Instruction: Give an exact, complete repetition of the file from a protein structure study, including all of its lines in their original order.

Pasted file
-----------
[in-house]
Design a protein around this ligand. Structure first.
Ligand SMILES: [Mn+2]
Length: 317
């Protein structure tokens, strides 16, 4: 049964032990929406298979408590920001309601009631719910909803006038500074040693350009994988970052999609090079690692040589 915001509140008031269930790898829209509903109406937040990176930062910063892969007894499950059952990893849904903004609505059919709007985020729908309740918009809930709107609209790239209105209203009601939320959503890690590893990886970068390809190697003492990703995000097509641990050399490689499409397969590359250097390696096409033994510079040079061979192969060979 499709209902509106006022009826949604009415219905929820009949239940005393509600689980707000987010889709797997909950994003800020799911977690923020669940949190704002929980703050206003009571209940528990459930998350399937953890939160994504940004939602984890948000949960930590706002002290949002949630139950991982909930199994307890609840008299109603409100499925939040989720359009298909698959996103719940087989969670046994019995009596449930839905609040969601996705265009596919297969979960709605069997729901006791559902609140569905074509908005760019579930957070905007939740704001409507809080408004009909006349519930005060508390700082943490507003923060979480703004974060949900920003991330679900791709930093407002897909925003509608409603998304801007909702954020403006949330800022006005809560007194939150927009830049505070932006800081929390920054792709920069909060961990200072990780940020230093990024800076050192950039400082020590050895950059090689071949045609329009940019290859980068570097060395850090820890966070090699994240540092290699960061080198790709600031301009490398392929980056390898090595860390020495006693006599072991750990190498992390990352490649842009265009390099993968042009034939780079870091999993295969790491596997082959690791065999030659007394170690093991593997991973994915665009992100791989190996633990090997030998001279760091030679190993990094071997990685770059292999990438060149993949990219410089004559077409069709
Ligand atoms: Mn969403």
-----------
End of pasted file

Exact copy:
[in-house]
Design a protein around this ligand. Structure first.
Ligand SMILES: [Mn+2]
Length: 317
């Protein structure tokens, strides 16, 4: 049964032990929406298979408590920001309601009631719910909803006038500074040693350009994988970052999609090079690692040589 915001509140008031269930790898829209509903109406937040990176930062910063892969007894499950059952990893849904903004609505059919709007985020729908309740918009809930709107609209790239209105209203009601939320959503890690590893990886970068390809190697003492990703995000097509641990050399490689499409397969590359250097390696096409033994510079040079061979192969060979 499709209902509106006022009826949604009415219905929820009949239940005393509600689980707000987010889709797997909950994003800020799911977690923020669940949190704002929980703050206003009571209940528990459930998350399937953890939160994504940004939602984890948000949960930590706002002290949002949630139950991982909930199994307890609840008299109603409100499925939040989720359009298909698959996103719940087989969670046994019995009596449930839905609040969601996705265009596919297969979960709605069997729901006791559902609140569905074509908005760019579930957070905007939740704001409507809080408004009909006349519930005060508390700082943490507003923060979480703004974060949900920003991330679900791709930093407002897909925003509608409603998304801007909702954020403006949330800022006005809560007194939150927009830049505070932006800081929390920054792709920069909060961990200072990780940020230093990024800076050192950039400082020590050895950059090689071949045609329009940019290859980068570097060395850090820890966070090699994240540092290699960061080198790709600031301009490398392929980056390898090595860390020495006693006599072991750990190498992390990352490649842009265009390099993968042009034939780079870091999993295969790491596997082959690791065999030659007394170690093991593997991973994915665009992100791989190996633990090997030998001279760091030679190993990094071997990685770059292999990438060149993949990219410089004559077409069709
Ligand atoms: Mn969403």